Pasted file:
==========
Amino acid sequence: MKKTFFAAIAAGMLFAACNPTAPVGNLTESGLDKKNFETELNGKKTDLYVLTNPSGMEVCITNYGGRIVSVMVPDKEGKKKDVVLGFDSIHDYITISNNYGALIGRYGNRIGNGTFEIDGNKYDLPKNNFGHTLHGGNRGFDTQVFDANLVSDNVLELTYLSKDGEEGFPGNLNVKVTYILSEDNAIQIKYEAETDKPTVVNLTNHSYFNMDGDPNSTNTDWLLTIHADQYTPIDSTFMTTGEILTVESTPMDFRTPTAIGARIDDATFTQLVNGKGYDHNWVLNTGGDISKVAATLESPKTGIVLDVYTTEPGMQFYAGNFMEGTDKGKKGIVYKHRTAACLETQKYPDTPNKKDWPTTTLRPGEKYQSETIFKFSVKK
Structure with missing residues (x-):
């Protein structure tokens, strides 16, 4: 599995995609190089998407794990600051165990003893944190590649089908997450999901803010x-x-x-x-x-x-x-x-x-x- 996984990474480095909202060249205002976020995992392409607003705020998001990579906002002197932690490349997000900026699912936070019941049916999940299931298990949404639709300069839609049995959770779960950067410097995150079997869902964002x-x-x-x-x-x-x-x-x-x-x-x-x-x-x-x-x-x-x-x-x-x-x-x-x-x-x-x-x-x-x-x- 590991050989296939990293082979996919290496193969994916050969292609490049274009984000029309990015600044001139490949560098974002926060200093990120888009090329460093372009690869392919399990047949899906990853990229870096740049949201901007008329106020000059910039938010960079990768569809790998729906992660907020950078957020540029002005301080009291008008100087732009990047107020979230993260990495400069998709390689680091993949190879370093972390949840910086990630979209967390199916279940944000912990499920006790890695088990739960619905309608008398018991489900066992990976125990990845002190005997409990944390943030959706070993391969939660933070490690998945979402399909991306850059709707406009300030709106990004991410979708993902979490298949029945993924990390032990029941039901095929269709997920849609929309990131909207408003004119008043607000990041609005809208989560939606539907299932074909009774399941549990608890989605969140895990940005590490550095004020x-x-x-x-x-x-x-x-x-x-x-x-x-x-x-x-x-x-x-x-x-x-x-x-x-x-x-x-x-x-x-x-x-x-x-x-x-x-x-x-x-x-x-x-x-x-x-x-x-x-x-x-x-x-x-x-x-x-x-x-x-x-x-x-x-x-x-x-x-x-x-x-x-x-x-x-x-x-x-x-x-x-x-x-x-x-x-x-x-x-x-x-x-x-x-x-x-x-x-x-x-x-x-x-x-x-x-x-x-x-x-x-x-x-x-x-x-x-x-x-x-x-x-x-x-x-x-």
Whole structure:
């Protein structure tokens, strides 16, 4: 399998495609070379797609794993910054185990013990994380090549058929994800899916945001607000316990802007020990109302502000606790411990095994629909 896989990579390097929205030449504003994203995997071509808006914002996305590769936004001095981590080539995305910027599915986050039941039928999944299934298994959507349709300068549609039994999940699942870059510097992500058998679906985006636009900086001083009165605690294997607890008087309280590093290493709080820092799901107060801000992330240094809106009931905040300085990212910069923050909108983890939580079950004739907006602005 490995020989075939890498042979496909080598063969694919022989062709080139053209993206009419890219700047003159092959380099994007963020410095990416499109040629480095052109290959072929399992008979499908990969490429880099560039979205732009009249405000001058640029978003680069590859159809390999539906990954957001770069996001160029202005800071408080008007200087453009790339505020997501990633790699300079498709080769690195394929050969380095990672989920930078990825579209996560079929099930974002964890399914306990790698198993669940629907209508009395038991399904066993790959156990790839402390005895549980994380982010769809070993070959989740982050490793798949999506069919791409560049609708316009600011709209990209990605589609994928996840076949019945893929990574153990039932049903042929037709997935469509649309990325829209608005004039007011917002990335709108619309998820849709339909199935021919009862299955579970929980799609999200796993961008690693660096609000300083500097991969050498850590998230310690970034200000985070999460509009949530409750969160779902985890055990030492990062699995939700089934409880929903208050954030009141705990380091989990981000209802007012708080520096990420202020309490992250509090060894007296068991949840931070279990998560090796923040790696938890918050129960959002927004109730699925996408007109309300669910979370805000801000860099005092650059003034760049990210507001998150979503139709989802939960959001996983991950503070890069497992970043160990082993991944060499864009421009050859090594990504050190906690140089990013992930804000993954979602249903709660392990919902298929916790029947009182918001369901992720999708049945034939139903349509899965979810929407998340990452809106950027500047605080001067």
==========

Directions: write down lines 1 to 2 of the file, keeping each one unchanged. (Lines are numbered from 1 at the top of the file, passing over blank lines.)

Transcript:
Amino acid sequence: MKKTFFAAIAAGMLFAACNPTAPVGNLTESGLDKKNFETELNGKKTDLYVLTNPSGMEVCITNYGGRIVSVMVPDKEGKKKDVVLGFDSIHDYITISNNYGALIGRYGNRIGNGTFEIDGNKYDLPKNNFGHTLHGGNRGFDTQVFDANLVSDNVLELTYLSKDGEEGFPGNLNVKVTYILSEDNAIQIKYEAETDKPTVVNLTNHSYFNMDGDPNSTNTDWLLTIHADQYTPIDSTFMTTGEILTVESTPMDFRTPTAIGARIDDATFTQLVNGKGYDHNWVLNTGGDISKVAATLESPKTGIVLDVYTTEPGMQFYAGNFMEGTDKGKKGIVYKHRTAACLETQKYPDTPNKKDWPTTTLRPGEKYQSETIFKFSVKK
Structure with missing residues (x-):